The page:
However, as a contemporary art admirer, I am a huge fan of Beth Lipman’s Still Life with Flowers in Gallery 205. I appreciate her use of a nontraditional art form of glass to create a traditionally recognized still life in three-dimension. To me, her work begs the question, what do objects mean to us once we can’t use them anymore? Kind of meta when you think about it in overall terms of a museum, right? Plus, its current installation in the Baroque gallery creates a dramatic disruption to the traditional paintings of the time, and that is just the type of thing that allows for great conversation to take place! Why is this here? How can I relate to it? What would these artists think of it? I find it very captivating.

I also love that the museum has a Nick Cave Soundsuit in the collection, though it’s not currently on display. I can’t wait to see it eventually!


EH: What is your first museum memory?

HP: My first museum memory is hard to pinpoint, but I remember my parents, my dad especially, regularly taking us to historic houses and living history sites, like Sauder Village in Archbold, OH. My earliest memories of collections and “old stuff,” as I might have said as a child, come from antique malls and auction houses. My parents owned an antique selling and rehab business. They regularly carted the whole family around the tri-state area, often visiting Allen, MI, where their antique booth was. While my mom took inventory and stocked new treasures, my older sister and I had to find ways to play carefully in the antique shop (luckily, there was a random petting zoo as a part of the antique mall). I greatly credit growing up in the antique business and watching my parents’ enjoyment of antiques for where my appreciation of collecting, preserving, and learning about the past came from.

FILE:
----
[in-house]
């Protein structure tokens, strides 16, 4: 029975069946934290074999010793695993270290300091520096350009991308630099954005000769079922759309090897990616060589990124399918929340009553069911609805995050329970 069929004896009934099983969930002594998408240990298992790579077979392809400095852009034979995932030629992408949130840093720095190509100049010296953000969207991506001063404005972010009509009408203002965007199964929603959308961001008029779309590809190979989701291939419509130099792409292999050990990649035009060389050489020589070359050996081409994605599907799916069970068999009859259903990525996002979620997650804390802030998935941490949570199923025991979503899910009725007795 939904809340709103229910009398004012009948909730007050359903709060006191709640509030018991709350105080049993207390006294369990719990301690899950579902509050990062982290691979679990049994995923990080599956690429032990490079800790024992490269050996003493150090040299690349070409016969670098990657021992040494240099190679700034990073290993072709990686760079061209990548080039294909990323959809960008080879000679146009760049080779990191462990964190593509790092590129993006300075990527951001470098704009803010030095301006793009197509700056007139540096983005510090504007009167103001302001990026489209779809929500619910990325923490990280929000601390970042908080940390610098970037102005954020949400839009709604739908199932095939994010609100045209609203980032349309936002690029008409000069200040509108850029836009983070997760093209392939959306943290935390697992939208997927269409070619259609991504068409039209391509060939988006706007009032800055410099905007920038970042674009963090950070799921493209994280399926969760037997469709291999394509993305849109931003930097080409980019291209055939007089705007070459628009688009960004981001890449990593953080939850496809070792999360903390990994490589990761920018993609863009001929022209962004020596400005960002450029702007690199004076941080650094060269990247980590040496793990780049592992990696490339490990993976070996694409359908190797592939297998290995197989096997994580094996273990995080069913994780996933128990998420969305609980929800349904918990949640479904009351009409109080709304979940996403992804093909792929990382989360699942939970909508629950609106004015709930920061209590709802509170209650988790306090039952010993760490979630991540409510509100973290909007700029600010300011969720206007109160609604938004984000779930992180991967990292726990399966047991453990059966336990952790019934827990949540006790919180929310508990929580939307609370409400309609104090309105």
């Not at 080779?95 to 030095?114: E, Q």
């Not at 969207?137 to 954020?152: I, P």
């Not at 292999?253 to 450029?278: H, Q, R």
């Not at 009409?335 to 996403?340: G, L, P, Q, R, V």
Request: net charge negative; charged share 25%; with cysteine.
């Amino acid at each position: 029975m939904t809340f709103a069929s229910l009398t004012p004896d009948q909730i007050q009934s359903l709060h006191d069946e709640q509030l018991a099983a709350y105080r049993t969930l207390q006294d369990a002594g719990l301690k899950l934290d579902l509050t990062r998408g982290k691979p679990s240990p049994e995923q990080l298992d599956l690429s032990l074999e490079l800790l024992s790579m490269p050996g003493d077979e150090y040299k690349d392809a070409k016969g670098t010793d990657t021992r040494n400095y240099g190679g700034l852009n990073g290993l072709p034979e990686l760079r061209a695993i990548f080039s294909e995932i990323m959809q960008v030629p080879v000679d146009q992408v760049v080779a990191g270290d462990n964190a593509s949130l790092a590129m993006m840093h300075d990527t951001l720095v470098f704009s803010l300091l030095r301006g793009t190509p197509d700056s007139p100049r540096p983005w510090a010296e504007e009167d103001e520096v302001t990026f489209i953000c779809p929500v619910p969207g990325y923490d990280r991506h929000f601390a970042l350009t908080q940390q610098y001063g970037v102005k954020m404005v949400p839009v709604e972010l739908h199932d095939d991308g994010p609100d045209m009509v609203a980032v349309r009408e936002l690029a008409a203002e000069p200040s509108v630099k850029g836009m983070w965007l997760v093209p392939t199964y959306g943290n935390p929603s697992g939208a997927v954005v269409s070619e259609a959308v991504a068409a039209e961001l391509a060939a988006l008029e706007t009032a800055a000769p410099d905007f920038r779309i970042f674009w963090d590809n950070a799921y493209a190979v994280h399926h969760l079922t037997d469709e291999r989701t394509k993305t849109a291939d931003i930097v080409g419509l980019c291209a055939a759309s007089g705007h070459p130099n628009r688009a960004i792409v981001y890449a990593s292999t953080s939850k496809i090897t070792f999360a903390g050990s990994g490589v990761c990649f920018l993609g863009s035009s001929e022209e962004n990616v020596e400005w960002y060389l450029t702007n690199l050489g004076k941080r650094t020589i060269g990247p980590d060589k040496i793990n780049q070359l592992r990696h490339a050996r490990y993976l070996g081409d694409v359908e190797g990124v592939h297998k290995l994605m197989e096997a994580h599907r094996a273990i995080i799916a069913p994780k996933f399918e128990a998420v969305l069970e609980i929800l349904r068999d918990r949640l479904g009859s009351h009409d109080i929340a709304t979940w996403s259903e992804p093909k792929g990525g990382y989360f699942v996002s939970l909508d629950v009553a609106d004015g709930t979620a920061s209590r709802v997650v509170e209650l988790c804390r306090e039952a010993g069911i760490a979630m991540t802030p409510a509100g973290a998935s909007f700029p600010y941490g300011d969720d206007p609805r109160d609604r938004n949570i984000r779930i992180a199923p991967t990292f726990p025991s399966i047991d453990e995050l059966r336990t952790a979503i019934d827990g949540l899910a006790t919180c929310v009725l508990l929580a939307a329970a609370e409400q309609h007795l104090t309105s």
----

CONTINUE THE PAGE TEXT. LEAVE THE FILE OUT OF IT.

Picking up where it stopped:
EH: What made you want to pursue museum education as a career?

HP: I wanted to pursue Museum Education because I needed a unique workplace that kept me curious, gave me the freedom to teach how I wanted, with hands-on tasks, and had something new for me every day. My first degree is in Art Education, so I initially thought I would be an art teacher. I loved working with young people, I loved artmaking, I loved learning about how people learn and watching how my plans and research would unfold in the classroom, but during my student teaching, I didn’t find pleasure in the rest. It just didn’t click for me like I thought it would! Museum Studies as a major was starting to catch on at the time, and coincidentally my school had a Museum Studies program. After student teaching, I declared a second major in Fine Arts to work towards a Certificate in Museum Studies. I pursued an internship at The Children’s Museum of Indianapolis during my final undergraduate year, and I found my calling there. Ultimately, I worked there for almost two years after my internship. It was exciting to play not just with children every day but also with their families; to facilitate family learning and observe how families interacted with a museum collection was intriguing. I wanted that every day!


EH: You are new to Cincinnati; what have you discovered about the Queen City in the last year?

HP: After living in the much smaller city of Tallahassee, FL, it’s really refreshing to be in a bigger city with a thriving art community and more museums to visit! I miss the nature of Florida, but I enjoy having more things to do all over the city; plus, there are still parks and trails here, too!